Don’t take it personally. That’s a tall order when a child is screaming at you or calling you names. Often parents can’t help feeling a child could control his ODD behavior if only he’d try harder. But it’s critical to gain some distance. Realizing that “it’s not personal” makes it more likely that parents will respond constructively rather than vindictively to a child’s behavior.

“Before I start seeing the child, I work with the parents to get them to step back and use the same analytical abilities they would use at work,” says Sutton. “I ell them to pretend they are a child care worker and this is not their kid.”

Refuse to join the fight. ODD kids are masters at turning everything into a power struggle. The best way to avoid such struggles is to keep the focus of every conversation on the problem at hand. This is easier said than done, of course. In a typical fight with an ODD child, you might start by stating a simple rule—”No TV until homework is finished”—and before you know it, you wind up arguing about swearing and disobedience. In other words, you’re suddenly fighting about whether your authority is legitimate. To avoid this, calmly repeat the rule and the reasons for it.

Above all, keep your composure. “These kids crave a reaction from you,” says Tina Draper, a mother who runs an online support group. “So you have to learn not to react.” That doesn’t mean ignoring your child’s behavior—just deferring your comments until he’s able to hear them. “I used to get into shouting matches with my son,” says Rosie Linko, parent of a teenager with ODD. “Now I let things slide until he calms down. They I say “When you were angry, you did this and that’s not OK with me. What could you do differently?”

Ease up the controls. ODD kids don’t readily comply, so the more requests you issue, the more the opportunities for the child to get stuck. Greene recommends that parents divide the things they want their ODD child to do into three categories or “baskets.” Basket A holds a few mandatory rules, which are usually about safety—you must wear your seat belt in the car, siblings can’t hit each other, and so on. Basket B holds issues on which you are willing to negotiate when you think your child is able to do so. And Basket C includes rules that aren’t worth bothering with until your child can handle frustration. Every parent will put different behaviors in different baskets. Swearing, for example, is a Basket B issue for some parents and an ignore-it-for-now issue for others. “Work on one or two high priority behaviors at a time,” says Sutton.

Establish simple, enforceable consequences. Rules have no value unless they are backed up by swift, unambivalent consequences. ODD kids can make this difficult. They often provoke parents into escalating consequences. If you say “You’re grounded for the weekend,” and your child replies “Big deal,” it’s very tempting to respond by upping the ante. You might angrily threaten, “Well, then make it a month.” Remember that such a reaction will only inflame things. Instead, stick to consequences that are fair and dispassionately enforced.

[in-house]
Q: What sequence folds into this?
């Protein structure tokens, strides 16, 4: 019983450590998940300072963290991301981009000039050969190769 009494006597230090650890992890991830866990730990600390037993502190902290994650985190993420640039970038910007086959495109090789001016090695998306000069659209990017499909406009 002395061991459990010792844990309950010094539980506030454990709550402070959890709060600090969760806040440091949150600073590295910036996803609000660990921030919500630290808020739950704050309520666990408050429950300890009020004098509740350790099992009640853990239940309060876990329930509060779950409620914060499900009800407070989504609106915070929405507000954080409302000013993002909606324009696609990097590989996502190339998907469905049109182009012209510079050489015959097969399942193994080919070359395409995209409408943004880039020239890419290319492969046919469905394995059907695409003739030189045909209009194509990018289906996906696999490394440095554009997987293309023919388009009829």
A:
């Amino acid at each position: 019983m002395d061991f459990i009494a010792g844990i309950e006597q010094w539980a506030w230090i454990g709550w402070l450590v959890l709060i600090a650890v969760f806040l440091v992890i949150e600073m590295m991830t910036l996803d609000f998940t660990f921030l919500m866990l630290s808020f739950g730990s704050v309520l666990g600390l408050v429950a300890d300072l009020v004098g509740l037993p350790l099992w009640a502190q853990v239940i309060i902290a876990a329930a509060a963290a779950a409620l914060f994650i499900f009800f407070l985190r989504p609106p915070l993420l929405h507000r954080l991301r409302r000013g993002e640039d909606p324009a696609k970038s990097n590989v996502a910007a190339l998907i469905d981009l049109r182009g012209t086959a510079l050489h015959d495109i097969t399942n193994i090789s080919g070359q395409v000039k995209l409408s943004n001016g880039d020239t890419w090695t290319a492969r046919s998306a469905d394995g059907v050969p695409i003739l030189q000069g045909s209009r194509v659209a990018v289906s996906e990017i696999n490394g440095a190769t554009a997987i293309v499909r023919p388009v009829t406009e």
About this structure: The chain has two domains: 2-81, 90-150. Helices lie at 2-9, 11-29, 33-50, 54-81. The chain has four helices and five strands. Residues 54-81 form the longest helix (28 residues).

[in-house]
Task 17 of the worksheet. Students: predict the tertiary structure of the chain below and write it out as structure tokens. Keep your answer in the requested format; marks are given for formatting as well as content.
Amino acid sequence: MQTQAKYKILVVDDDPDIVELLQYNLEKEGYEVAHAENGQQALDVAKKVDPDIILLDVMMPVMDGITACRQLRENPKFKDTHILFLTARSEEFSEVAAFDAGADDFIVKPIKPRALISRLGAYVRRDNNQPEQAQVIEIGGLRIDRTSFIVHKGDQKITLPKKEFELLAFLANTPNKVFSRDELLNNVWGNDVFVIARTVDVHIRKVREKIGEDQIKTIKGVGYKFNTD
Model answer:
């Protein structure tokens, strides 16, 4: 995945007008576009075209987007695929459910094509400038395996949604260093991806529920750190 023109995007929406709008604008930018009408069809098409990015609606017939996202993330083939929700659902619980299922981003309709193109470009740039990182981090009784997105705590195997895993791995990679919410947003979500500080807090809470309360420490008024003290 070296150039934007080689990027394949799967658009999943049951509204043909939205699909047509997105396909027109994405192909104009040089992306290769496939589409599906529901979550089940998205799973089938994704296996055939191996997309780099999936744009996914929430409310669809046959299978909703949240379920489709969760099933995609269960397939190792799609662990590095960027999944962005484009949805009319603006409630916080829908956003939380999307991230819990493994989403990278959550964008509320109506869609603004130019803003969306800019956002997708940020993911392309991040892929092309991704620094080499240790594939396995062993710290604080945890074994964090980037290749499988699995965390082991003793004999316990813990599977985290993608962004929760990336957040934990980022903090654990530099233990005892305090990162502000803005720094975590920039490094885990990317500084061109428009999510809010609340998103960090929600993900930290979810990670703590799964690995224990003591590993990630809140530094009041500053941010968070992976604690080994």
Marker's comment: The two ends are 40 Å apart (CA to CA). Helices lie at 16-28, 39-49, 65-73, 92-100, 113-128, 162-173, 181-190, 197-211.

Teach relationship strategies. Unlike typical children, who usually pick up essential social skills, ODD kids need them to be spelled out again and again. Rosie Linko remembers teaching her son to stop and count to 20 when he felt really angry. “Now,” she says, “I’ll see him do it sometimes. He’ll focus on getting himself together before he does something he’ll be sorry for.”

Use the back door. Because oppositional kids react so vehemently to direct commands, many parents get better results when they rethink the way they communicate with their child. Instead of issuing a direct command, such as, “Clean up your toys,” say something more neutral, such as “The toys need to be picked up before the TV goes on.”

For older children, some parents sidestep an argument by putting what they want in writing. One working mom leaves her ODD son a list of after-school responsibilities next to his snack. “He usually does what’s on the list,” she says. “If I called to ask him to do the same things, we’0d have a fight.”

Give your child genuine choices. ODD kids want to be in charge, so give that responsibility whenever you can. Instead of arguing with a school-age child about whether he needs a jacket, tell him the weather forecast. If he comes home shivering, don’t lecture. Instead, sympathize with the fact that it must have been colder than he imagined. Gradually, he’ll take responsibility for his own choices—instead of blaming you when things go wrong.

Praise your child whenever possible. Changing the ODD reflex is hard for your kids, so parents need to notice and appreciate even small instances of cooperation—”It was really a help to me when you pitched in with the cleanup after supper.” Kenneth Wenning recommends even creating as many opportunities for positive reinforcement as possible. If, for instance, you’re working on a household repair, ask your child to hand you a tool. When he does what you ask, thank him specifically for his willingness to help out. If he doesn’t, move on without comment. “The idea is to make your request so easy that your child will comply without thinking about it,” says Wenning. “Then, for just a moment, he’ll experience the positive feelings associated with cooperation.”

Connect with what you like about your child. Parents of ODD kids are keenly aware of the problems their kids cause. “CJ just tests us and frustrates us so much that it is difficult to want to be with him,” says one mom. But that’s only half the picture. “These kids are often bright, vigorous and very creative,” says psychologist Sutton. “I try to help parents appreciate the strength that’s attached to the oppositional drive.” He recommends a simple technique he calls affirmation. When your child is reading in bed or watching TV, sit down beside him. If he says “Mom, why are you sitting here?” simply answer “Things get so hectic. Everybody’s going in every direction. I just missed being with you.” Don’t try to have a heart-to-heart or hash over a problem. “Just honor the child with your presence,” says Sutton. “You’d be surprised how powerful this can be.

Take care of yourself and your mate. Remember that ODD is not something you, your partner—or for that matter, your child—has chosen. So take time for things that will relieve stress—exercise, have lunch with a supportive friend, watch funny movies—and treat your partner as your ally. Go out together and talk about anything but your ODD child. “Although ODD does put a child at risk for more serious future difficulty, it is a problem that can be resolved by parents who may work collaboratively with therapists and the child’s teachers,” says Wenning.

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Carolyn Jabs writes frequently about family issues for many national magazines.